Darwin as a foursome
THE idea of collective biography is as old as Plutarch’s Parallel Lives and carries into our own time in the form of masterworks such as Richard Holmes’s Footsteps ( 1985) and studies of dynasties such as Brenda Niall’s The Boyds ( 2002) in which lives run together in a family history over generations.
Darwin’s Armada is Iain McCalman’s exhilarating take on the collective biography idea applied to Charles Darwin and his fellow adventurers in evolutionary science: Joseph Hooker, Thomas Huxley and Alfred Wallace.
Portrait photography was making its mark as a craft about the time that Darwin’s On the Origin of Species was published. The book appeared in 1859 when Darwin was 50. Due to many ailments and his age, the bald dome was already there ( though not yet the long grey beard), as was the ponderous, slow gait and the life of near, though by no means total, seclusion. The image of the ‘‘ solitary labourer in the vast fields of nature’’ was set in popular memory. We remember him, ageing and alone, like some guru on a mountaintop or a solitary philosopher in a cave.
It is refreshing, therefore, to be reminded how much scientific achievement, even genius such as Darwin’s, relied first and foremost on the volcanic energies of youth, on collective effort and simultaneous or parallel thinking, and with that to follow the lives of four young men who were determined to make their mark in the scientific world. In the flood of books to mark the bicentenary of Darwin’s birth, and the sesquicentenary of On the Origin of Species , it is this originality of perspective, along with prose taut and vivid, that makes Darwin’s Armada a standout. Here are the connections in brief:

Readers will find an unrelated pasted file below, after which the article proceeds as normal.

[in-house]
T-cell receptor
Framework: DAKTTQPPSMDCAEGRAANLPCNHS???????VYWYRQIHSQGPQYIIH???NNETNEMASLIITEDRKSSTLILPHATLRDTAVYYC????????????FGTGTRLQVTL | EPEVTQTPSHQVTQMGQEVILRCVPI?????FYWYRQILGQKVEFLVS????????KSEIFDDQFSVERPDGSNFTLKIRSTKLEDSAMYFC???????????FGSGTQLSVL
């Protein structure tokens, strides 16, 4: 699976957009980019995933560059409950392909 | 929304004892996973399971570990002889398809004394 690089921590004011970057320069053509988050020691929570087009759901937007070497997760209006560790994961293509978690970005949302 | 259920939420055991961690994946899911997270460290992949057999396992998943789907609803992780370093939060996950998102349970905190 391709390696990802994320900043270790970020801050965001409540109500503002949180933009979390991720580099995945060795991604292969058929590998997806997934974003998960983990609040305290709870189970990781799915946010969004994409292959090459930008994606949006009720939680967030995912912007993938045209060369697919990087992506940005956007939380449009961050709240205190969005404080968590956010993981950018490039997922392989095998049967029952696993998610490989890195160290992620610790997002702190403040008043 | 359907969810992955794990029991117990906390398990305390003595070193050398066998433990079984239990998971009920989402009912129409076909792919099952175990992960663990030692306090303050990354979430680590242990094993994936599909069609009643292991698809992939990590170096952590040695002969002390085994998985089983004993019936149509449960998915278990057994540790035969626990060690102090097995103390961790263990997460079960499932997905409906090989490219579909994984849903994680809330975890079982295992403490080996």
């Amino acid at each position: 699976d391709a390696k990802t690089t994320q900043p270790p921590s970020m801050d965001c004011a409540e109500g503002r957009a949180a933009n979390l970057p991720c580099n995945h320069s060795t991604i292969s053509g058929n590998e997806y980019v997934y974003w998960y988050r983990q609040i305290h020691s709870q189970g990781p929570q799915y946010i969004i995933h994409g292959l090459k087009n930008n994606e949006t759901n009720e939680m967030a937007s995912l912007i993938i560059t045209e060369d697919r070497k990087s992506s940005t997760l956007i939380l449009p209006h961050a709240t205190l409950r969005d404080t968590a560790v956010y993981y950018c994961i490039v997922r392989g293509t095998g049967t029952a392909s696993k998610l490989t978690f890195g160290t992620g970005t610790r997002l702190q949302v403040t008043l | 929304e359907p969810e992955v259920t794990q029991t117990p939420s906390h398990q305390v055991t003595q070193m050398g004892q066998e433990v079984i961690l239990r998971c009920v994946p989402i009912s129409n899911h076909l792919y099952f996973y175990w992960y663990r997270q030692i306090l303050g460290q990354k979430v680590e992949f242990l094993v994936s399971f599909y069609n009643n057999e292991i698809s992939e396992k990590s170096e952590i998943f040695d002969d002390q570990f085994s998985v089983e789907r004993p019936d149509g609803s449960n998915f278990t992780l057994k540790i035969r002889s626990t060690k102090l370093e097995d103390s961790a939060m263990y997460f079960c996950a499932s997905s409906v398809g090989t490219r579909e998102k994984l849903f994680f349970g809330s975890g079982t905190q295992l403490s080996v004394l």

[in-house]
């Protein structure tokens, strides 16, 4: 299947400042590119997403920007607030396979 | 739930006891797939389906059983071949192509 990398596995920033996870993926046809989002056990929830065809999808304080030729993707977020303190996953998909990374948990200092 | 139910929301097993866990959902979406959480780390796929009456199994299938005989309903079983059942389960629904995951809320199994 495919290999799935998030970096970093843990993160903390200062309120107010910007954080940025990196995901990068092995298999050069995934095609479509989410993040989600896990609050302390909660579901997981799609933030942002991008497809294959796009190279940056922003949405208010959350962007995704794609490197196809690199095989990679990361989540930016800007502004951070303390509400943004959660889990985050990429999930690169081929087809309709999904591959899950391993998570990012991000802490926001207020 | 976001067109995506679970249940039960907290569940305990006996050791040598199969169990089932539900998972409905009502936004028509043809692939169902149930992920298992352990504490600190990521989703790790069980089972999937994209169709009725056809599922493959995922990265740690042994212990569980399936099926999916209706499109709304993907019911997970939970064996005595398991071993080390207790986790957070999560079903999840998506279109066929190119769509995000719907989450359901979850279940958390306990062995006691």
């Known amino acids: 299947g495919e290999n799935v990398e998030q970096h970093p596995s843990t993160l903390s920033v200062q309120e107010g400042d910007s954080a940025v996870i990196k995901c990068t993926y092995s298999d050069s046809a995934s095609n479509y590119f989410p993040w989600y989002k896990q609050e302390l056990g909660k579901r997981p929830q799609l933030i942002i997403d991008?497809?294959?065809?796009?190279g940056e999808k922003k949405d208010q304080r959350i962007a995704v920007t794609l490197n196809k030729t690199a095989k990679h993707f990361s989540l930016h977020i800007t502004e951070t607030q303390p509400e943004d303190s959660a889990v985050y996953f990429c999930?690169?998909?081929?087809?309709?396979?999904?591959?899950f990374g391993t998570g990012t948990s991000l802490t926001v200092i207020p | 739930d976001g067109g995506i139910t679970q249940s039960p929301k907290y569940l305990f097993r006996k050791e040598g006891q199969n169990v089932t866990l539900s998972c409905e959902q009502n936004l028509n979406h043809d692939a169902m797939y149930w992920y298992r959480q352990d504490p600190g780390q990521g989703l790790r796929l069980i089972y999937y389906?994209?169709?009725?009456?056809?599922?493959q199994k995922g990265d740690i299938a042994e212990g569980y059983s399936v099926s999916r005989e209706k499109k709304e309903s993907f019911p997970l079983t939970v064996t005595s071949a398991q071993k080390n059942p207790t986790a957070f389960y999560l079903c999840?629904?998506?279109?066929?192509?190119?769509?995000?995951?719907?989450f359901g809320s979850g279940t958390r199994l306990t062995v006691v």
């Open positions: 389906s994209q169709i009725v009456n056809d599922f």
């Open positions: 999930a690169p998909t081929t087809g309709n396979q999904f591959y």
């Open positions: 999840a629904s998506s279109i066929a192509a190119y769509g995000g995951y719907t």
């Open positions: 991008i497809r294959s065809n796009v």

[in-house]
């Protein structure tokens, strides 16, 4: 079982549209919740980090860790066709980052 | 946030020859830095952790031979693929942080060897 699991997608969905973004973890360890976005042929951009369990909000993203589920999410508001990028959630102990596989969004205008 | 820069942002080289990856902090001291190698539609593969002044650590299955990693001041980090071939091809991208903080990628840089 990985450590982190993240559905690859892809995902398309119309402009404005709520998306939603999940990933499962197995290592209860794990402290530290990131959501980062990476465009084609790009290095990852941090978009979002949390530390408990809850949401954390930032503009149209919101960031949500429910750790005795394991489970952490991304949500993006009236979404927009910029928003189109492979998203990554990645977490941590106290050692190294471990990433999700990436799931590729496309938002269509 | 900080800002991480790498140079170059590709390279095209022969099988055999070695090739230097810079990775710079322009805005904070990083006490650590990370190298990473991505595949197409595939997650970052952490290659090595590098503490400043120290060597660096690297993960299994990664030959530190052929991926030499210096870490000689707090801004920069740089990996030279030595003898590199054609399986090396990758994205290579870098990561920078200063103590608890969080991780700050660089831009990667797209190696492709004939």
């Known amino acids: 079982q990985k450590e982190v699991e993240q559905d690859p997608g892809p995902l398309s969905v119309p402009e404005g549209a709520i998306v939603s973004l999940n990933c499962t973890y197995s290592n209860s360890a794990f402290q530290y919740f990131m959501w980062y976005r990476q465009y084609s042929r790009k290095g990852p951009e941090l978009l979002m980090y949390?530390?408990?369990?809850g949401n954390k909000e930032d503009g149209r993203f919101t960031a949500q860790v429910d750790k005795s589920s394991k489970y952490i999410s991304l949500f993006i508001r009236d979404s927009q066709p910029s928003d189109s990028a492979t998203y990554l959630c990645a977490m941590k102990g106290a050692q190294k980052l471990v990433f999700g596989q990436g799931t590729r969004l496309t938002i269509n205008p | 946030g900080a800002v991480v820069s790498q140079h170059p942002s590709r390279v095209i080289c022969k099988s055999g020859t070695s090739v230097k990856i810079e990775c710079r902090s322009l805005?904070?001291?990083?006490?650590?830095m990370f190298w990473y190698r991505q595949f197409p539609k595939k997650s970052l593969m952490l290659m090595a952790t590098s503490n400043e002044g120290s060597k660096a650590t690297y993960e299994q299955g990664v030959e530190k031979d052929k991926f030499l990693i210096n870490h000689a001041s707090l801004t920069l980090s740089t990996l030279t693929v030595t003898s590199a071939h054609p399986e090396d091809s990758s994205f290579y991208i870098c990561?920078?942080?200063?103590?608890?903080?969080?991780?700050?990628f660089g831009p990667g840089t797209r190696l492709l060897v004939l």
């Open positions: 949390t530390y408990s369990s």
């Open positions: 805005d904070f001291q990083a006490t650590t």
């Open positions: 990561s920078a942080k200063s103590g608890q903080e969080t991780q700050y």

Darwin established a name for himself in science following his return from an around-theworld voyage and the publication of his journal Voyage of the Beagle in 1839. Hooker was enchanted by the journal. He met Darwin soon after he read it and the first fragment of a lifelong collaboration was under way before the young botanist joined HMS Erebus for the Ross southern oceans expedition ( 1839-43).
When Hooker came home he was transformed, a seasoned voyager, no more a mere collector but a fully fledged ‘‘ philosophical botanist’’. In the mid-1840s he began to visit Darwin at Down House and the ponderous doyen came to rely on him as a research assistant and confidant. Hooker’s reaction to Darwin’s transmutation theory was somewhat sceptical, but he agreed that species were not immutable and might change with time. The question was, how?
A conversation was under way. A decade and more later when Origins was rushed into print, Hooker played an important editorial role and was instrumental in managing the delicate politics of the publication.
Like Hooker, Huxley was of humble means and recognised the only way he could hope to earn money and pursue scientific research was to join the navy. He had no formal education, unlike Hooker and Darwin, but he was a voracious reader, consuming texts on science and philosophy from a very young age. In 1846 he was appointed surgeon and naturalist aboard HMS Rattlesnake and spent the next four years on the southern oceans. It was a voyage that permitted Huxley the luxury of sustained investigation into marine invertebrates and his research won him high praise back in England in the early 1850s. Huxley was at first a sceptic on evolutionary theory, but through the years his views changed and by the 1860s he was a champion of Darwin’s theory, so much so that he was nicknamed ‘‘ Darwin’s bulldog’’.